Over the span of five decades, Rabbi Daniel Fogel has contributed in so many ways to the spiritual identify of North Shore Synagogue. But that is not the only contribution he has made as a spiritual leader.
Rabbi Fogel was deeply involved with supporting Soviet Jewry during the years when Jews were not allowed to emigrate. Under his leadership, the congregation adopted the Elbert family, who were trying to leave the Soviet Union. To remind the community of their oppression, a seat was reserved on the bimah, the raised platform on which the rabbi and cantor conduct services, during the High Holy Days for Leo Elbert. He was involved and led many other activities in support of Soviet Jewry, and this level of activism brought new congregants to North Shore Synagogue, who felt that other congregations were not doing enough for Soviet Jews.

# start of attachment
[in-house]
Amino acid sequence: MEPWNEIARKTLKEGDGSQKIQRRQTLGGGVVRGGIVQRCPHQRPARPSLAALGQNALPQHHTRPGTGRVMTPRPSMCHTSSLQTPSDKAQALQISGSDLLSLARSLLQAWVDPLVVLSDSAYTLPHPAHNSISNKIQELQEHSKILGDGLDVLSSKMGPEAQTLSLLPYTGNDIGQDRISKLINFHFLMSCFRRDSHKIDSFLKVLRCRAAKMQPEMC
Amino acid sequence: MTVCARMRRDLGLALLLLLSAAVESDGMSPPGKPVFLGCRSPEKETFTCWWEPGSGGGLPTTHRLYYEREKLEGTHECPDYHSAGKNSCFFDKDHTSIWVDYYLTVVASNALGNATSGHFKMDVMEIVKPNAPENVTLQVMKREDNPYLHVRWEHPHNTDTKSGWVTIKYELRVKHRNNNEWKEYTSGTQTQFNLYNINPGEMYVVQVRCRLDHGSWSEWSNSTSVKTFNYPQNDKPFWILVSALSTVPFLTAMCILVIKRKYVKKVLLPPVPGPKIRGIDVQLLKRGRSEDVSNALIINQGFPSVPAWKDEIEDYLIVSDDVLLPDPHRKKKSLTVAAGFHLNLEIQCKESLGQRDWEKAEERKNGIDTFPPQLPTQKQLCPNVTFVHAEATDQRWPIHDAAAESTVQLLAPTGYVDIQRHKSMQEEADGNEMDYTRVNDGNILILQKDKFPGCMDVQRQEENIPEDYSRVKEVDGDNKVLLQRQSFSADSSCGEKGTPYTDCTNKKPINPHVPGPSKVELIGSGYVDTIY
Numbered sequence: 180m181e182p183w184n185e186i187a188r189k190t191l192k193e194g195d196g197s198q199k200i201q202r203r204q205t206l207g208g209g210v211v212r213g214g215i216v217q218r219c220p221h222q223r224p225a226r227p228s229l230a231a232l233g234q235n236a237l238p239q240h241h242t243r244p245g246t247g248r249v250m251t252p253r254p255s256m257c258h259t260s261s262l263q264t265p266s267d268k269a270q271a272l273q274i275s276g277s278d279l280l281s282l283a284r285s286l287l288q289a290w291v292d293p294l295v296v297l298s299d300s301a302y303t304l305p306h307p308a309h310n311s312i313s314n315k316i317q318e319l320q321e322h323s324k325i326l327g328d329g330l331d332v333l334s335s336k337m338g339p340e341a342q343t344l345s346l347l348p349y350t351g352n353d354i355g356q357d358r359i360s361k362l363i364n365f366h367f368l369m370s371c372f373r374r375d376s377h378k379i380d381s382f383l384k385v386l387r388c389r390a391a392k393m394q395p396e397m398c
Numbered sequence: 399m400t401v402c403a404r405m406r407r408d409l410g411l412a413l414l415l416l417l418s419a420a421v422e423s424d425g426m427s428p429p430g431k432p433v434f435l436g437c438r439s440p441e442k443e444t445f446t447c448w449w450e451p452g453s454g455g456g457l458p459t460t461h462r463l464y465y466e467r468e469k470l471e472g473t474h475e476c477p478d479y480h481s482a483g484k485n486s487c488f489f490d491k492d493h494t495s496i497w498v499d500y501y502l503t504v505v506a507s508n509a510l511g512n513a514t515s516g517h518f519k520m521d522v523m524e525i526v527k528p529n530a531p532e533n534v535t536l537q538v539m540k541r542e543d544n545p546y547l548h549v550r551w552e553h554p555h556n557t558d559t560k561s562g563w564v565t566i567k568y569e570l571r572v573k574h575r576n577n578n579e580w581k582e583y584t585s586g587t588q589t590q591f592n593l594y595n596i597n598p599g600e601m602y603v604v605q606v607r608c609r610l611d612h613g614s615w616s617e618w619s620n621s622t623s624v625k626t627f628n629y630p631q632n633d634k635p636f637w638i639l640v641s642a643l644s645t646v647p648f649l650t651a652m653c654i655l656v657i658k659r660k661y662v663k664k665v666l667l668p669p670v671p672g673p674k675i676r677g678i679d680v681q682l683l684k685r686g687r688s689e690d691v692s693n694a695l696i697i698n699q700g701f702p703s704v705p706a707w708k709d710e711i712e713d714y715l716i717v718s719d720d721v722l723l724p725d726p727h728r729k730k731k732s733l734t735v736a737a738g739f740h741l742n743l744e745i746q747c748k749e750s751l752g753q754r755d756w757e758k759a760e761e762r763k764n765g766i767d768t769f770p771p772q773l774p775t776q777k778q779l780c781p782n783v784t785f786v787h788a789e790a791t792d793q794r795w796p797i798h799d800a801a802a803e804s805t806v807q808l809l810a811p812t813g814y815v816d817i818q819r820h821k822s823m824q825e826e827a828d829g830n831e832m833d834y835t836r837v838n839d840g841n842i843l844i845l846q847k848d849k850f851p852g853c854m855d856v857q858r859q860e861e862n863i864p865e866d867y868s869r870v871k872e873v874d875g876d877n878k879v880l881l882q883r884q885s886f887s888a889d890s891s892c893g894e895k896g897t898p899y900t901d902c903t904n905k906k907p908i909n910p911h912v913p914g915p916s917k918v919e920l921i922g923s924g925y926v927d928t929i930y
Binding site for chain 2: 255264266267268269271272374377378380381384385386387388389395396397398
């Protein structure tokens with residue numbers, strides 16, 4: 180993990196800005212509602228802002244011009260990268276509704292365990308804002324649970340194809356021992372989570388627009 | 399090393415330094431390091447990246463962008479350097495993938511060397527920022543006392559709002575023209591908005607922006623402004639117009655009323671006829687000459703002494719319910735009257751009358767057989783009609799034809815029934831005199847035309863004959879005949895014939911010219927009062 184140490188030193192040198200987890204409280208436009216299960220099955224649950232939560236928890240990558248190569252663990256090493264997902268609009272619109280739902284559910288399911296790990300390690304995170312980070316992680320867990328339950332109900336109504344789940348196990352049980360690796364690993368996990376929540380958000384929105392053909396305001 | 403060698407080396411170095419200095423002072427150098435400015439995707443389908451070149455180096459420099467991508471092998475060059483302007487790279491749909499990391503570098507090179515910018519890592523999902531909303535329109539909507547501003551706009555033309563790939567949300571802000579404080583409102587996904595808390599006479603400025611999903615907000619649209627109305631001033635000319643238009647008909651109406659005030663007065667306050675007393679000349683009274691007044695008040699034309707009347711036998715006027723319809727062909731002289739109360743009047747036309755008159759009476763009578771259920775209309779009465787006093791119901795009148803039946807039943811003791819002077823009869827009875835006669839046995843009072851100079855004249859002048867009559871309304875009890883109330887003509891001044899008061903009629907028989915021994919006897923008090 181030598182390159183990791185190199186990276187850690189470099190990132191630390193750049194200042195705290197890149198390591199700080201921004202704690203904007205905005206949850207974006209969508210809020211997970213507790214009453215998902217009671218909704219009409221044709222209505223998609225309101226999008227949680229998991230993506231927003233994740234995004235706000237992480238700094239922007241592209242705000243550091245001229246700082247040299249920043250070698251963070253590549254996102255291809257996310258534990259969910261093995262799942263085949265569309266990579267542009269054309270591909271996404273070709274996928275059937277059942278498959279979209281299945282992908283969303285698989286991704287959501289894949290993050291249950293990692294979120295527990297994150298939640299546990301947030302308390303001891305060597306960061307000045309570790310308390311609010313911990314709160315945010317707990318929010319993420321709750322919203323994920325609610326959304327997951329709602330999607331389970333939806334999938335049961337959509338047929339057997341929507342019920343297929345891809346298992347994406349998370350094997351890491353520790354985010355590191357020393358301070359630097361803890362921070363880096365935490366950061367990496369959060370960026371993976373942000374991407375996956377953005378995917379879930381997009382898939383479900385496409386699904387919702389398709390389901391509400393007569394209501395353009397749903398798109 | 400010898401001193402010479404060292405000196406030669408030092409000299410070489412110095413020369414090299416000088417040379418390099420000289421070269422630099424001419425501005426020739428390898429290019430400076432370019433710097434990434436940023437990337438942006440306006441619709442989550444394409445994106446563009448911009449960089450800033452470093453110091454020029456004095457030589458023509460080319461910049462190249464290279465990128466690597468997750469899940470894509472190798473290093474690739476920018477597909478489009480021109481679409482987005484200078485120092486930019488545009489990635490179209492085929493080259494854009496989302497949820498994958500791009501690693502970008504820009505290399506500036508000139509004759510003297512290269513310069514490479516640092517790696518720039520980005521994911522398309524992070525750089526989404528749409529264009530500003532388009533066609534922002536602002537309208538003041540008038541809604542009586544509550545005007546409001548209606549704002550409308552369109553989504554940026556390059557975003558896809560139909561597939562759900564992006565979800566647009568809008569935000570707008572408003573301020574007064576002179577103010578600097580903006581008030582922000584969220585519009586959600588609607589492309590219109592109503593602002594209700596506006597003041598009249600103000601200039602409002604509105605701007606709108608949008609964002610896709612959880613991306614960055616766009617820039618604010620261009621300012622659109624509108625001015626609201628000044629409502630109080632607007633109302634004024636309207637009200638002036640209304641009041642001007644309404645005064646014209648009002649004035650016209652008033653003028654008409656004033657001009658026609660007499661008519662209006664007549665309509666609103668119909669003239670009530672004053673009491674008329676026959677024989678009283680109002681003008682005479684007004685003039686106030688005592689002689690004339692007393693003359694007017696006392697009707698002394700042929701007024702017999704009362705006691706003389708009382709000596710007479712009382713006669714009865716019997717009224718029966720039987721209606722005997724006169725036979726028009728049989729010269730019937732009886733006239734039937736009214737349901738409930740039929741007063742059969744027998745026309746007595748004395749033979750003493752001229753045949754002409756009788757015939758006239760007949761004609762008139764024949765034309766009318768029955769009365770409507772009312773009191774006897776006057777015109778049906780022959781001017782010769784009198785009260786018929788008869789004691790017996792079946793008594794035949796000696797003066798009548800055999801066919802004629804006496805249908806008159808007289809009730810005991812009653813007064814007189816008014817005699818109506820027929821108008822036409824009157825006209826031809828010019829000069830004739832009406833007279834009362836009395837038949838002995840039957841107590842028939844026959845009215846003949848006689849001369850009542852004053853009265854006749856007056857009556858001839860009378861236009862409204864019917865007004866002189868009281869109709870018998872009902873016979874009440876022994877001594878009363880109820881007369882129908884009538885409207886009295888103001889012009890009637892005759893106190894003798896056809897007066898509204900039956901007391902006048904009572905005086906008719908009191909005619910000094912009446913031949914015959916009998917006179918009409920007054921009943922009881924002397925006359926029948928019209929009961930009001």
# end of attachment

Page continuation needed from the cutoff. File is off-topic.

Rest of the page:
Rabbi Fogel was also a leader in the Civil Rights movement, and was among a group of rabbis arrested on June 18, 1964 in St. Augustine, Florida for sitting in an integrated group in a restaurant in response to a request by Martin Luther King, Jr. You can read a letter composed by the group while incarcerated here: Why We Went.
He was also a large part of the creation of North Shore Synagogue's Social Action Committee, the forerunner of today's Mitzvah/Caring/Environmental Committee, in its involvement with so many varied cause that support the Jewish tradition of tikkun olam (Repairing the World), something that is central to North Shore Synagogue.
Rabbi Fogel lives in New Jersey with his wife, Eleanor.